Meal Ticket


I don’t really like social realist cinema, and so I find a lot of British stuff uninteresting. The film industry’s responses to Thatcherism struck me as mainly inadequate, as they lacked the sheer grotesque malevolence of the real thing. So when I wanted to mark the passing of an era at this week’s edition of The Forgotten, I picked on a movie that isn’t what you would call a critics’ darling.


13 Responses to “Meal Ticket”

  1. david wingrove Says:

    Ironically, the best films about Thatcherism are those that don’t deal with it directly. BRAZIL (which is allegedly sci-fi), LITTLE DORRIT (a period piece) and THE COOK THE THIEF HIS WIFE AND HER LOVER (Peter Greenaway – nuff said).

  2. No love for Alan Clarke? (I know he worked mostly in TV, but still…)

  3. Sammy and Rosie Get Laid is a direct evocation of the Thatcherian eitgeist — beginning with the shooting of an unarmed lower class black housewife.

    Derek Jarman’s The Last of England evokes it poetically.

  4. Jarman’s idiosyncratic approach is very appealing, and TLOE is wonderfully apocalyptic. On the big screen, from the front row, it’s quite a powerful experience.

    Clarke… yes-ish. His features never really did it for me, seeming still stuck in TV-land, whereas his TV work had strong cinematic qualities. Richardson, outside of Eat the Rich, has a similar problem. The Pope Must Die wasn’t ever ready for the big screen. Some strong moments aside, neither was The Supergrass. Stella Street was a nice series, and stumbled badly as a feature-length special.

  5. judydean Says:

    Richardson’s ‘The Strike’ is very funny, even if the jokes are more at Hollywood’s expense than Thatcher’s. Sadly, Channel 4 have had it pulled from YouTube.

  6. Yes, that’s a good one. I liked The GLC a lot too, with Robbie Coltraine as Charles Bronson as Ken Livingston. Just typing that makes me smile.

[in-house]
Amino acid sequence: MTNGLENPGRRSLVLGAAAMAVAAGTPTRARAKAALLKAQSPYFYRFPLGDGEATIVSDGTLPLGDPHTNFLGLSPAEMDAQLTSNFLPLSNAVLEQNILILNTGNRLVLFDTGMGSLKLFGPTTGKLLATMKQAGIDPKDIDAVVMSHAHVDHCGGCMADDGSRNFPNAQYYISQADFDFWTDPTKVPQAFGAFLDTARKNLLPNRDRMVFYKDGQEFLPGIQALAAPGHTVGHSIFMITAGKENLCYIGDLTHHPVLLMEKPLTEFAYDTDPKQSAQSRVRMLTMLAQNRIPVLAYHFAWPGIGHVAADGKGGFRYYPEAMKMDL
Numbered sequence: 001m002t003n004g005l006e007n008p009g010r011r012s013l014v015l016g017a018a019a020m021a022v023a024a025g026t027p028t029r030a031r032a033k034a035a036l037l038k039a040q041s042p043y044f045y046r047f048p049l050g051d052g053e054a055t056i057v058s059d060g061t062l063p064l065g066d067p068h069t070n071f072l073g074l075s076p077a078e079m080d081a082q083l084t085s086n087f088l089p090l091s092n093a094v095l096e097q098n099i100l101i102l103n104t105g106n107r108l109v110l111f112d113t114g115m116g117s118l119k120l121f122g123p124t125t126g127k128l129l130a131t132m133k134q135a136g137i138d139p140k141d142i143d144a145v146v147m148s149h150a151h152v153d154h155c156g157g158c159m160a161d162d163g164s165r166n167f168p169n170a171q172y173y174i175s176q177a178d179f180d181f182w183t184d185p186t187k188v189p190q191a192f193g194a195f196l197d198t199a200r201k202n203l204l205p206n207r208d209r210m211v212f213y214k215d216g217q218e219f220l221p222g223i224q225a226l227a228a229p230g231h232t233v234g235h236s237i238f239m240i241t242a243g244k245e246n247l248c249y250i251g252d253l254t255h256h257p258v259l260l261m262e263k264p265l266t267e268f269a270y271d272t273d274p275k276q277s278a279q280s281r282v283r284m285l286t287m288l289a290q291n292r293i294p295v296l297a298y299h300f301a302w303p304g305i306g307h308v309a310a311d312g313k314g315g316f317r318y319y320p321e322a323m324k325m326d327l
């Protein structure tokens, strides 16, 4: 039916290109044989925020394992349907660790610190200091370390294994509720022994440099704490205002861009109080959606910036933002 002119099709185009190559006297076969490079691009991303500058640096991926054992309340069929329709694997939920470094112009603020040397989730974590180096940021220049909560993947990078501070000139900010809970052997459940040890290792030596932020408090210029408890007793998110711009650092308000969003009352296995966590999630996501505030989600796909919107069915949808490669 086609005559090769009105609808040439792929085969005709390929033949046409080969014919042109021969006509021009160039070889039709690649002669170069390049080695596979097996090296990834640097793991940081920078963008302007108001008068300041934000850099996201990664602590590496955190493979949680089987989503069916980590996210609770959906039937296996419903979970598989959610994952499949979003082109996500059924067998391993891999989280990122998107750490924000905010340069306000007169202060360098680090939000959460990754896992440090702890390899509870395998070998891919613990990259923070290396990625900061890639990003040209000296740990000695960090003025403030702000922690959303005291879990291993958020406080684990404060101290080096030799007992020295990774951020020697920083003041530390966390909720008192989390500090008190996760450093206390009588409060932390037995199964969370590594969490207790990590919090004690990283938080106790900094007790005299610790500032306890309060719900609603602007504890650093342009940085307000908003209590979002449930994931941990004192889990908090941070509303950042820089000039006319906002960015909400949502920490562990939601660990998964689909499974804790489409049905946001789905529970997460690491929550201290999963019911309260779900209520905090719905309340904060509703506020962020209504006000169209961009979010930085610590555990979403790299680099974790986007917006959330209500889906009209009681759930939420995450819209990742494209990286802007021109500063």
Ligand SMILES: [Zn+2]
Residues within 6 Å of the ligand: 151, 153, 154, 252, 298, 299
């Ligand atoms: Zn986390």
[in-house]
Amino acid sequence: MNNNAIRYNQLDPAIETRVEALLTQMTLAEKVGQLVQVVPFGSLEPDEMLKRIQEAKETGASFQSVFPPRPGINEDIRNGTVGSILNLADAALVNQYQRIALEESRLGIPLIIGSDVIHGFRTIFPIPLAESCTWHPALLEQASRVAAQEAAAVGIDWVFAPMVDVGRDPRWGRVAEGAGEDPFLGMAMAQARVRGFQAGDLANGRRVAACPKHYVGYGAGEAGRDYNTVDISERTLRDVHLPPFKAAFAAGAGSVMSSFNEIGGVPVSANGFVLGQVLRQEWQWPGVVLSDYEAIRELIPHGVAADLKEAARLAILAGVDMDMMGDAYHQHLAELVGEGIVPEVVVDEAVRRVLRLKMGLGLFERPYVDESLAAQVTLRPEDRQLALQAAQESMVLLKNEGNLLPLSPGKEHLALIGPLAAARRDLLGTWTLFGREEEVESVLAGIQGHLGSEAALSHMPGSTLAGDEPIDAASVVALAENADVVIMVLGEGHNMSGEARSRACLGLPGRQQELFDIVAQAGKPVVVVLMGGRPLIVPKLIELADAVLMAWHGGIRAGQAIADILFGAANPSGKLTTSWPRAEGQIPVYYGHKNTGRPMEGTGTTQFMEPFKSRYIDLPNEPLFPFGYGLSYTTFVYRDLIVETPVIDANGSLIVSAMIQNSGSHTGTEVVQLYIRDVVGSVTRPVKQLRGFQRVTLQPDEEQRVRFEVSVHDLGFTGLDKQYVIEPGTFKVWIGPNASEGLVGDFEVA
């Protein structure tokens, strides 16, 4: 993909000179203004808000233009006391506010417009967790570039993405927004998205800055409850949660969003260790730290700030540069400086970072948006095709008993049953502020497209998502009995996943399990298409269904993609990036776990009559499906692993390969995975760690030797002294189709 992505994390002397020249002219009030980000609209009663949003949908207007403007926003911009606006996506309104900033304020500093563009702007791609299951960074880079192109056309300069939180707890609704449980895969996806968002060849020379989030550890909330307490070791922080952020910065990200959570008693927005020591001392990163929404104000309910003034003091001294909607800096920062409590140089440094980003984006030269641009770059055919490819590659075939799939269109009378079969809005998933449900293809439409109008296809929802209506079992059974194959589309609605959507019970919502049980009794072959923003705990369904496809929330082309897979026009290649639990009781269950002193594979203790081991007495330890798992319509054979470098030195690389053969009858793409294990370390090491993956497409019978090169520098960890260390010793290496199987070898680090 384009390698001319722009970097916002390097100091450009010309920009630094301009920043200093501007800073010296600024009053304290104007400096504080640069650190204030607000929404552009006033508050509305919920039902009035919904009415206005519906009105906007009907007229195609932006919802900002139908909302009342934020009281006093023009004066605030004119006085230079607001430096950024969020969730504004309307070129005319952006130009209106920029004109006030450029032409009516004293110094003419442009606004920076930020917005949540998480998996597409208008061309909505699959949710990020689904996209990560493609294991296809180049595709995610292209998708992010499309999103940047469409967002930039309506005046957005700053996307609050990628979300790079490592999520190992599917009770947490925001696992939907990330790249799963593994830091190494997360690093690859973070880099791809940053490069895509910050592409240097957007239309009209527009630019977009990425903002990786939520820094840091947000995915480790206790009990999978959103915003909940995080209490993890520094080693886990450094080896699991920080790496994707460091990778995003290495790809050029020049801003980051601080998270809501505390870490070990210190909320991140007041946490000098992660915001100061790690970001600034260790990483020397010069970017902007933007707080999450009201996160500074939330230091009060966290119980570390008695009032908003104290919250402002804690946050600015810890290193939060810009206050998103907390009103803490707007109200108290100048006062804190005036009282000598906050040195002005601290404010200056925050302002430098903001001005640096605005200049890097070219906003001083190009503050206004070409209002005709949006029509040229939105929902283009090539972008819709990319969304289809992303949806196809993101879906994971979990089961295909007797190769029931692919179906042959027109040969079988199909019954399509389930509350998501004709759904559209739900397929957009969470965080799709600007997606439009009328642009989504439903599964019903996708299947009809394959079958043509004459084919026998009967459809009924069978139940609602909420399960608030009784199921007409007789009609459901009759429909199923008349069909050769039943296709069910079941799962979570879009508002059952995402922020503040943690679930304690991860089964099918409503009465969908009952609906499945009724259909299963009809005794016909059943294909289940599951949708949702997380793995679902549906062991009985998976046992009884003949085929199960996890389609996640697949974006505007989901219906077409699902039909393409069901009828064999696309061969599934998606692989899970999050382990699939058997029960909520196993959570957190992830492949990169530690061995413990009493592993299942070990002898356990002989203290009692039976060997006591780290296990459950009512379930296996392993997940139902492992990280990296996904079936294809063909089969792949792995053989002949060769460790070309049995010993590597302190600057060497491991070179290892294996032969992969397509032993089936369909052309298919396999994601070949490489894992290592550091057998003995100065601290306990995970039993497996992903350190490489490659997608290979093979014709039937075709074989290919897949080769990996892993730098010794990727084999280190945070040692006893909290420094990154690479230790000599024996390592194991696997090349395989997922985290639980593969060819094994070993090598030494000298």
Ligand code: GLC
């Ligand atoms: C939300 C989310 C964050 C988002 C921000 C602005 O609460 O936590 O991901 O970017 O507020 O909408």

7. I was tangentially involved in some of the shooting of The Last of England as I took Derek and Tilda around when they came to L.A. to promote Caravaggio. We walked up Sunset and Derek took shots of the wainscotting on several buildings. Boytoy du jour Sping (also on the trip) meanwhile, went to The Pleasure Chest in search of a new dildo.

  8. So I’m not the only one who was left speechless by Thatcher’s fawning over that gawd awful piece of kitsch showing the British soldiers raising the flag over the Falklands. She was so proud of a war that Jorge Luis Borges summed up as “The Falklands thing was a fight between two bald men over a comb.” She also oversaw the ending of the Eady Levy which played a big role in killing the British Film industry. I’m just glad I didn’t grow up in the UK during her time as PM. Yikes!

  9. She was culturally a disaster except as a source of material — hatred of her energized a lot of people. But for all that, better if she’d never been born.

  10. ROCINANTE with John Hurt was a sort of picaresque State of the Nation piece from the mid 80s. I caught it on Channel 4 late one night but I don’t recall it being very good…

  11. …and there was so much favourable attention paid to The Ploughman’s Lunch, which bored me to tears.

  12. david wingrove Says:

    Not even Tim Curry could save that one!

  13. As little as I enjoy naturalism, it was sort of interesting to see Tim Curry in something naturalistic, since his mere presence threatened to rip it from its foundations. Sadly, he wasn’t permitted to do so.

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